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As discussed in Part II of this series, getting buy-in from internal and external stakeholders is a critical component to the success of a biometrics identity management (IdM) solution. What is equally important is the setup and deployment method of your chosen biometrics solution.

While biometrics is quickly gaining ground because of its convenience and effectiveness, there are no definitive best practices to follow when it comes to storing the biometric data. Should it be stored locally or in the cloud? What is allowed based on your company’s security/operating policies? What levels of assurance are required?

It’s important to note there is no single, right answer. Each option has its own unique pros and cons that you will have to navigate, and ultimately, you must take into consideration your company’s operational infrastructure and policies to determine which method is right for you. Below is a quick comparison of hosted vs. on-device/on-site.

On Device

Security is often the main concern that drives hosting biometrics data on-device/on-site. Some companies and consumers are leery of the cloud because they view it as being especially vulnerable to unauthorized access by third parties (hackers, etc.). In addition, some companies have restrictive infrastructure and protocols that limit the ability to take a cloud-based approach.

In order to quell some potential security fears of biometric data breaches and potentially boost consumer adoption, some providers prefer to store biometric capabilities on each user’s mobile device or computer, which is the approach PayPal supports.

However, the drawback to this data storage method is its inability to support authentication across multiple devices. While localized biometrics stored on the device provides a 1-to-1 authentication at the device level, it does not support the ability for the biometric to be enrolled on multiple devices or support the ability to compare biometrics across a population for fraud prevention.

Cloud (hosted)

Technically, any data that is not stored on-site is “in the cloud,” but not all cloud solutions are public. In fact, we’ve seen this to be one of the biggest misconceptions out there regarding the term “cloud”. Privately hosted cloud storage means the data lives in a secure, fully owned data center with limited, controlled access. We recently wrote a blog on the topic of cloud solutions, in which we cleared up some falsehoods and explored some of the benefits of cloud solutions.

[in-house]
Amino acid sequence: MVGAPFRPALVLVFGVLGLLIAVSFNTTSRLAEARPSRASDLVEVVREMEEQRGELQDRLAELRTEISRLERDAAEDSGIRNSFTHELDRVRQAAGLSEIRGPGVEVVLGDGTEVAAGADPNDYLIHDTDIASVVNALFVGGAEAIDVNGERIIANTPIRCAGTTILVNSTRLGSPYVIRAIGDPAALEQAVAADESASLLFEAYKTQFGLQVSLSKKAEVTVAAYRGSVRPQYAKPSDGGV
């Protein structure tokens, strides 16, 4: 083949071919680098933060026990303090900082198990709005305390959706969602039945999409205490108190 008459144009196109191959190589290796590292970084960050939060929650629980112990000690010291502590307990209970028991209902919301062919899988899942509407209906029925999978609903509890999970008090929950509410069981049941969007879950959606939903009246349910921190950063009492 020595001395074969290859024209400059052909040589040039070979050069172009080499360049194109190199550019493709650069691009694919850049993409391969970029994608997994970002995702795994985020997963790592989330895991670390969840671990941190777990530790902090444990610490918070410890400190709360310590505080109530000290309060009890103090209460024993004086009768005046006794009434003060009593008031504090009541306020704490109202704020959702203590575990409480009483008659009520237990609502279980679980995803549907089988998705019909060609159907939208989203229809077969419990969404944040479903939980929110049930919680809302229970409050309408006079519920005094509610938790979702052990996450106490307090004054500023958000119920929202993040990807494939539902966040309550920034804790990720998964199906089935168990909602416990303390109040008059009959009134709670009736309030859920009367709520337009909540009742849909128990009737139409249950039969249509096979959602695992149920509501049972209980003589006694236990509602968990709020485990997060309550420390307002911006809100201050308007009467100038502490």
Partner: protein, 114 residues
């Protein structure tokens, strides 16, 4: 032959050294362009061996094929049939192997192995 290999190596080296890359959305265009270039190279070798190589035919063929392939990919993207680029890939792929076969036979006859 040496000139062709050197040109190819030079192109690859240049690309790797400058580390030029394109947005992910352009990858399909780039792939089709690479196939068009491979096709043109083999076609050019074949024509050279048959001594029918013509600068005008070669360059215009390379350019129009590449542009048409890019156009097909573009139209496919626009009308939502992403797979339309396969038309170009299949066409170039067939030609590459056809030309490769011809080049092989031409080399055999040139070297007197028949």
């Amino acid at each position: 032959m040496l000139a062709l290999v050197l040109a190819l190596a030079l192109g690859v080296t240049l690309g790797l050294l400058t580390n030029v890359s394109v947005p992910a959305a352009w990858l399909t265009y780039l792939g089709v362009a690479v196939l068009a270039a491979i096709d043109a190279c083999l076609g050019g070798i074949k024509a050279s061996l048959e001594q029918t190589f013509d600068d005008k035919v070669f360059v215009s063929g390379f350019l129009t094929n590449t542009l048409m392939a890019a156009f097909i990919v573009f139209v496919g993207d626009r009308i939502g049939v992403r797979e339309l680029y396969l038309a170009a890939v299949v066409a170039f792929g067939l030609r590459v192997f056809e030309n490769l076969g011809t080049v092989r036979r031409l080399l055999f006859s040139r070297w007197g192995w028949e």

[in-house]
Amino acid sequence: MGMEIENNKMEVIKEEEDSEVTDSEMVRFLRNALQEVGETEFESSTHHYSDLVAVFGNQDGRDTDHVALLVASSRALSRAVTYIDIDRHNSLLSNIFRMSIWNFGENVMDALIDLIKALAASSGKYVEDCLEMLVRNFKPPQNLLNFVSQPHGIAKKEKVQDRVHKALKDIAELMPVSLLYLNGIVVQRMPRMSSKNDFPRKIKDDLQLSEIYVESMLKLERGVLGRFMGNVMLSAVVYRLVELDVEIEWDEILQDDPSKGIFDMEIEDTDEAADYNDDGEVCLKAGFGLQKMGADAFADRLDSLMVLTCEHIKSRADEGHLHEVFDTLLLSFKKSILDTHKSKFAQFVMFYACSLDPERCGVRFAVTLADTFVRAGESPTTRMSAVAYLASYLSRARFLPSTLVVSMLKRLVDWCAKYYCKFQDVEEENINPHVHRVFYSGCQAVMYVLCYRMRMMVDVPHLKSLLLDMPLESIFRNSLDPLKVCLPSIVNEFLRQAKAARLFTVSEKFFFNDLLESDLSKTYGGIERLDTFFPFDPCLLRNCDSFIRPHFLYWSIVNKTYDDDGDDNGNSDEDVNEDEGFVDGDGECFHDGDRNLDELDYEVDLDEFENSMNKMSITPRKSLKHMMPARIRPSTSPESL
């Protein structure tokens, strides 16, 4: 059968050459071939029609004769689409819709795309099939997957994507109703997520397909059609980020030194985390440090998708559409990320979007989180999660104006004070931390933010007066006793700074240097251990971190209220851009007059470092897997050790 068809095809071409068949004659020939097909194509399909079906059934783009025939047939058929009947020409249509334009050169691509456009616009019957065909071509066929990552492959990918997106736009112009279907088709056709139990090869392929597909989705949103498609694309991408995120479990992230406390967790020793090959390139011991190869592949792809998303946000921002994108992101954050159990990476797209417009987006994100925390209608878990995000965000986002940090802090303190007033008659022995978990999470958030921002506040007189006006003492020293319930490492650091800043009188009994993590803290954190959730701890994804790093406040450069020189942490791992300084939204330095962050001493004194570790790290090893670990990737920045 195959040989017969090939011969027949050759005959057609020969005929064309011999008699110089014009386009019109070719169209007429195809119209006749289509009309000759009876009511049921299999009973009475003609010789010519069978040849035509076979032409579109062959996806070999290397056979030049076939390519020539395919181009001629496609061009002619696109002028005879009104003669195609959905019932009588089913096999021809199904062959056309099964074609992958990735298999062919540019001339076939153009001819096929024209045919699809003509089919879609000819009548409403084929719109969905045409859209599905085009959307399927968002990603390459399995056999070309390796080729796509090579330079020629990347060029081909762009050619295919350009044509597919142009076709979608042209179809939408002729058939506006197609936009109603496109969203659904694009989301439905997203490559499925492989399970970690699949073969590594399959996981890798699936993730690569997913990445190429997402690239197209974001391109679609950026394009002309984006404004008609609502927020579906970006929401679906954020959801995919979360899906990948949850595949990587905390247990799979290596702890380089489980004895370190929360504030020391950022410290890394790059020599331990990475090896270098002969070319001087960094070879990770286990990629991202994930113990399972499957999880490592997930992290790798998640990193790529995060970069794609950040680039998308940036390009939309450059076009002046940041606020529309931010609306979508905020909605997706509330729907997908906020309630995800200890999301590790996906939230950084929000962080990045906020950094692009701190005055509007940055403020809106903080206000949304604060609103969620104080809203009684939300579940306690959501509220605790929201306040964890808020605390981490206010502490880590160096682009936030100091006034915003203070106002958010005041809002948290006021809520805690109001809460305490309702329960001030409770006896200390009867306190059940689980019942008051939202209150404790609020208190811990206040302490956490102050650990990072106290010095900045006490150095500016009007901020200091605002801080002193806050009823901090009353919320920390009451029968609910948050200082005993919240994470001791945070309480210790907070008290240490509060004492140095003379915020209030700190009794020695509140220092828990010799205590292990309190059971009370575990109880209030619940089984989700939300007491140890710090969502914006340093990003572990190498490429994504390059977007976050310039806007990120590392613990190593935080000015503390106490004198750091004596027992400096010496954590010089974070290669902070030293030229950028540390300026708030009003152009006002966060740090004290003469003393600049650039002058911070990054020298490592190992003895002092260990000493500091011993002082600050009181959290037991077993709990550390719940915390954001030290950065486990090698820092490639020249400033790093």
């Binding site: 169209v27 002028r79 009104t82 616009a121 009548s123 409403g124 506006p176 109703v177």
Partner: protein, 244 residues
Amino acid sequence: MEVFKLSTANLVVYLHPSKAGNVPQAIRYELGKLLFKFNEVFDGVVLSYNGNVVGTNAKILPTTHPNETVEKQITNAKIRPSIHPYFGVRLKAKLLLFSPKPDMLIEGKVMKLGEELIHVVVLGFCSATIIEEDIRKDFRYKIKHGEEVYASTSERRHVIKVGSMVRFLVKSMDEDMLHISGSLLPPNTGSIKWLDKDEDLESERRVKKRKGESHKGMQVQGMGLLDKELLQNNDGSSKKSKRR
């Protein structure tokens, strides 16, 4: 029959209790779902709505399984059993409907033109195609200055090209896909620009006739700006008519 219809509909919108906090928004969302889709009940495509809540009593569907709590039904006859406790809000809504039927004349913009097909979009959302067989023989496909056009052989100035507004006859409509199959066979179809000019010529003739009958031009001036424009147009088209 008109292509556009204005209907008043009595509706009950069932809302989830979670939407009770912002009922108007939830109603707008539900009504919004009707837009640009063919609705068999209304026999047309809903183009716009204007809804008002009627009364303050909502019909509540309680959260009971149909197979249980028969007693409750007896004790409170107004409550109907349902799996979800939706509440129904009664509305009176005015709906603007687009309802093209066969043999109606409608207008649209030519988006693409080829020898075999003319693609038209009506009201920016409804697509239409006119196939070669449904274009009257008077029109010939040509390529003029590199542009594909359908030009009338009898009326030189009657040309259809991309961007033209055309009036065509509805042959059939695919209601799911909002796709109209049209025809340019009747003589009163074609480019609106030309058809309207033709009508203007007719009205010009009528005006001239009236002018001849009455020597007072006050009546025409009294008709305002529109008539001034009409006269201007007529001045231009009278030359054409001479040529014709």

Cloud-based biometric data storage allows you to address IdM needs across multiple devices and channels. Solutions can perform both 1:1 (one-to-one) and 1:N (one-to-many) authentication to guarantee the claimed identity belongs to the person providing it and that those unique identity elements (such as a biometric print) are not also connected to other identities. In addition, this data can be used across multiple channels, including a customer’s desktop, smartphone and tablet, and when a consumer upgrades to a new phone, there is no need to re-enroll.

Furthermore, this storage method enables users to share risk insights across organizations and industries. For example, at LexisNexis we offer customers the ability to flag known fraudulent voices that have previously enrolled in the biometric system. This allows organizations to share ‘known bads’ since criminals are bound to stretch across industries and organizations.

Regardless of the modality (fingerprint, voiceprint, etc.), or storage method you decide to use, successful adoption of biometrics requires detailed, up-front planning and a solid 360˚ view of your needs and objectives, as well as the expectations of your customers. For more information on implementing biometrics into your IdM workflows, click here to download our recent white paper.

LexisNexis understands identity and authentication workflows and can help you design a holistic solution that addresses enrollment, infrastructure and integration needs along with the technical aspects to create a solution that is best suited to your business goals. Have additional questions about whether a biometric solution is right for your company, or how it can best fit within your unique environment? Contact us.

 

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